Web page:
For Father's Day

Originally in Abilene Families

My daughter became adult-sized long before she was adult shaped or even out of elementary school. Passing five feet tall in fourth grade, she had a difficult time growing into her long legs and ginormous feet that she inherited from her mother.

One night several years ago, due to events none of us ever understood other than the gravity of the earth, her feet came completely out from under her while walking into the kitchen. With hands full of dishes to put away, the entirety of her adult-sized body landed on her tailbone on the tile floor. While my husband and I stood over her trying to help her, it quickly became obvious that even if there were something you could do for an injured tailbone, we didn’t know what it was, and simply watching her cry and writhe in pain was heartbreaking.

So he squatted down and without a groan or moan scooped up her adult-sized body as if she were still a toddler and carried her to a more comfortable spot
-because she’s still his baby girl
-because she needed him
-because he’s the daddy.

Isn’t it only fitting that Father’s Day fall a month and a week behind Mother’s Day? That’s about right for poor ol’ Dad. It’s reminiscent of the car choking its way into the hotel. Mom takes the kids to the pool to get them out of the way. Dad shows up over an hour later with battery acid burns on his hands, grease on his clothes, steam still coming out of his ears, and holes where he bit his tongue trying not to say “no-no words” in front of other hotel guests. The kids want to know what took him so long, mom is ready to go eat, and dad just needs a nap, but the car is drivable again and all is right with the world and the family vacation.

One of my most consistent memories of my own father is the sound of his bare feet shuffling down the tiled hall after everyone else was in bed. Before I could hear his feet, I had heard the clicks and flips of locks and switches as he had locked the house up and turned off all the lights, tucking the house in and keeping us all safe the way daddies do, and being the last to take care of himself like daddies do.

Daddies’ jobs are a study in contradictions. Daddies teach the Little Leaguer the ultra-tough perfect power triangle batting stance, yet are ready to wipe the tears when the game doesn’t go our way. Daddies may be called on to salvage Barbie from a deep sea expedition in the toilet, or to sit in on a tea party. Daddies protect the attic, basement, yard, and home from rodents, insects, mean dogs, spiders, and unwelcome salesmen, yet can whip up a mean pan of brownies when company comes or just because it sounds like fun.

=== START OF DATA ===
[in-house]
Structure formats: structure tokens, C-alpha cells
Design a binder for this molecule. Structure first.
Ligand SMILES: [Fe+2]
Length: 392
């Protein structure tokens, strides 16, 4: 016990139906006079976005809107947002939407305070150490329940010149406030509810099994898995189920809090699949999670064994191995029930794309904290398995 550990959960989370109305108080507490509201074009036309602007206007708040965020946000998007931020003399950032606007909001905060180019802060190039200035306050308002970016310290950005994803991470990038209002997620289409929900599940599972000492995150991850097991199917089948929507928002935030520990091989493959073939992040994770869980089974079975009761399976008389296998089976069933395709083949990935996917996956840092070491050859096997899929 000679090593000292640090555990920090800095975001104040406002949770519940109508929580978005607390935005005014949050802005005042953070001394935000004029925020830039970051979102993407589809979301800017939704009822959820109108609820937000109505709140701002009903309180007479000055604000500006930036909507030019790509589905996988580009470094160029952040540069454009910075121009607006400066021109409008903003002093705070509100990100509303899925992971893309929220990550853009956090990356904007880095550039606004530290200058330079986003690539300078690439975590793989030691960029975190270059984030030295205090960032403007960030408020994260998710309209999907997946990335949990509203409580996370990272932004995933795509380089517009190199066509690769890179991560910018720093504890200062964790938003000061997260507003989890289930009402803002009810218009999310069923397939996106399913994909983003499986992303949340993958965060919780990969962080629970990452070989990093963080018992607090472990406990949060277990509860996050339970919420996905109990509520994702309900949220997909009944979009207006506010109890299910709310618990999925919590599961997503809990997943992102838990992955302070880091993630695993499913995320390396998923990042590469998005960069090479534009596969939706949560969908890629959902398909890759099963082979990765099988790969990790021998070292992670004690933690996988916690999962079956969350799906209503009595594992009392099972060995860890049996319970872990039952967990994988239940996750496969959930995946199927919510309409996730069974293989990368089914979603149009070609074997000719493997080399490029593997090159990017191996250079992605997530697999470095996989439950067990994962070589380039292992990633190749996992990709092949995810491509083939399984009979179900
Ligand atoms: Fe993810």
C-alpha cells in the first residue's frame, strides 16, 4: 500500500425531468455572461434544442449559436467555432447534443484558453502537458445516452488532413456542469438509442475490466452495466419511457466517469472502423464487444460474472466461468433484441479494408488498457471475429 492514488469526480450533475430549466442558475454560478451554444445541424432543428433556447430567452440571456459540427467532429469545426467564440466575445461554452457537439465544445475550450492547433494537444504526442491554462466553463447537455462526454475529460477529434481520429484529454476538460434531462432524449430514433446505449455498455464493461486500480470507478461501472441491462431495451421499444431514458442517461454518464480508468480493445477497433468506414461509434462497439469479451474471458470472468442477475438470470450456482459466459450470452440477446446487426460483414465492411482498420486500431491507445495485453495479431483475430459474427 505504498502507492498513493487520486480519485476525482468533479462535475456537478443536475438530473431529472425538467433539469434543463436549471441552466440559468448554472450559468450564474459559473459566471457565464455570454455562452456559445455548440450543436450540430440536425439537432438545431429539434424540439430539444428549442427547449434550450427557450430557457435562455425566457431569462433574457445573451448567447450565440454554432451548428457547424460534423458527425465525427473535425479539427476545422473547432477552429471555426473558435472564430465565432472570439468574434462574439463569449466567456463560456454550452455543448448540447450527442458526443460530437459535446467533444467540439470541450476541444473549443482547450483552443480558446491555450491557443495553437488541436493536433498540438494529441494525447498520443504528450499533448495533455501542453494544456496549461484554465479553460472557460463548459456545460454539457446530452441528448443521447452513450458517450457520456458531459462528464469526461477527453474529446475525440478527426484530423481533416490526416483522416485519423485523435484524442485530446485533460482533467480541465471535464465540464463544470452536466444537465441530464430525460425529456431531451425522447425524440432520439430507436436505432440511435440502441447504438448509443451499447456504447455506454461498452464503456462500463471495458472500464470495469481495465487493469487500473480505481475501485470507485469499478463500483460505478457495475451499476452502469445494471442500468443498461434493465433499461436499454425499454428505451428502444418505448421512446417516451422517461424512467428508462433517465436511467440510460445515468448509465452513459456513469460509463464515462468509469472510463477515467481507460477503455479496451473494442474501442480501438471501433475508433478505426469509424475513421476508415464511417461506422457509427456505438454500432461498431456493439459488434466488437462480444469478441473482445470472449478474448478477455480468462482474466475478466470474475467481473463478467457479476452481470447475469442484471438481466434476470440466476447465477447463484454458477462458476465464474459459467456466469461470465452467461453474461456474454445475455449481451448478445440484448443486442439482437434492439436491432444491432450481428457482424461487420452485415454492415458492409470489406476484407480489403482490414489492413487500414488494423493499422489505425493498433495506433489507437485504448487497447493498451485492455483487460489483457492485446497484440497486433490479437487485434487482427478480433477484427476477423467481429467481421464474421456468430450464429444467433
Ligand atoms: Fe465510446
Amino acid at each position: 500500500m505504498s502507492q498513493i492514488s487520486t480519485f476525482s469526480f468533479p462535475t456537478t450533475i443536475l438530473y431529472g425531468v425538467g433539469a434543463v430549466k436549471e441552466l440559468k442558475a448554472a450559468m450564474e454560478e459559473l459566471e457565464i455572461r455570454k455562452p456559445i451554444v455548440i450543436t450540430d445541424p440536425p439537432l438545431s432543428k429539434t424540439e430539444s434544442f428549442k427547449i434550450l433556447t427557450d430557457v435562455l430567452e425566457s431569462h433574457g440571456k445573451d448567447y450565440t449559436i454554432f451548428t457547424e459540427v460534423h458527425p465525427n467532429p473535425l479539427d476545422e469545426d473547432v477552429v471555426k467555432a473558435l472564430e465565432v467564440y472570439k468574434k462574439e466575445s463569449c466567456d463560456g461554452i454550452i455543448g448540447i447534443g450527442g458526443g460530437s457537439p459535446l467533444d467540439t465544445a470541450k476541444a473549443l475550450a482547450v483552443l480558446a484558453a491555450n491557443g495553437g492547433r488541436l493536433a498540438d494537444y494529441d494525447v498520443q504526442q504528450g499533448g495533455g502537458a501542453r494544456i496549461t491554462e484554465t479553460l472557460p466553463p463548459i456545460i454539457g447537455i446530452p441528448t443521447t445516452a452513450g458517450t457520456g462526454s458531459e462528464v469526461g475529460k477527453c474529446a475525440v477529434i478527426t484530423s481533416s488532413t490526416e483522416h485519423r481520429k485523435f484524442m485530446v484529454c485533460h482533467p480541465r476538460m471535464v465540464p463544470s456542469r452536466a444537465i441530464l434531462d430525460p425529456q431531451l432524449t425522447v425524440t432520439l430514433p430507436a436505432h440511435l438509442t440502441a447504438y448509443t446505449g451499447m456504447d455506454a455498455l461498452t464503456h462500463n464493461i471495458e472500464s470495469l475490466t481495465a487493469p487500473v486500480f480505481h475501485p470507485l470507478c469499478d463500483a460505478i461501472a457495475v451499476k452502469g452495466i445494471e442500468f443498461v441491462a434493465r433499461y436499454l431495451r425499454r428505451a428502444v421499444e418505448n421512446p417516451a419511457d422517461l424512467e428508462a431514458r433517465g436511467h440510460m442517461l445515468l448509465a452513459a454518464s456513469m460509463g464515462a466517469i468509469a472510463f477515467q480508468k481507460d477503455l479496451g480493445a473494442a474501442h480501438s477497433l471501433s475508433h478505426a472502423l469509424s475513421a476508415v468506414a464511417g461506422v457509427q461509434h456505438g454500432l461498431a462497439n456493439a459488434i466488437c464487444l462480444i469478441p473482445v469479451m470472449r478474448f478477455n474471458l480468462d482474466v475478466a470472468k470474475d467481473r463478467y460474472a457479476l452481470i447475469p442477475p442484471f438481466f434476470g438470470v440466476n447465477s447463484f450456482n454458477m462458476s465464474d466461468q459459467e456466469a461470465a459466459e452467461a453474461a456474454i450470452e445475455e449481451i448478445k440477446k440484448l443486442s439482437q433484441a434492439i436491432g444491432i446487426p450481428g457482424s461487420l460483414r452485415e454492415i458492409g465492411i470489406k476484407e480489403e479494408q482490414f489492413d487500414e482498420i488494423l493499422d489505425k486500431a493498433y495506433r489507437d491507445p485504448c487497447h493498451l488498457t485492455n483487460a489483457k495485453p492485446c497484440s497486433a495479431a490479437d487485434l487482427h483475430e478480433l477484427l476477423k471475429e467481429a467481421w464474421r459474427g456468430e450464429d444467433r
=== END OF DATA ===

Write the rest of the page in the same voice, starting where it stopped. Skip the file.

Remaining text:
Daddies have it tough in their task, but I have learned that they aren’t burdened down with a guilt gene like we moms are. They measure out punishment the way it should be: by being firm, fair, and consistent. Later, there might be a sno-cone just because.

Your house may not have such a warm, fuzzy image of a daddy – for whatever reason. But I have found that Abilene doesn’t have a shortage of men who will love on young people in much the same way. My family has done Little League, youth basketball, public school P.E., soccer, Sunday school, sports camps, and bazillions of other activities. While we have encountered some people we would rather not see again, the majority of the men who will spend their time devoted to such activities have blessed us beyond measure and I’m thankful those men will give love, time, and encouragement to children who need to see a daddy in action.

For this Father’s Day I hope you let Dad know you appreciate him. I also hope you let him rest and put his feet up. You never know when you’ll need him to pick you up off the ground – and he’ll be right there to do it, too.

(for Father's Day, I was also tasked with writing this article about an AMAZING family. You may want to click over and read about the family from Rwanda).


Roxanne said...

And here's to having him around for this one. So. Glad.

dad said...

This is wonderful. Thank you.

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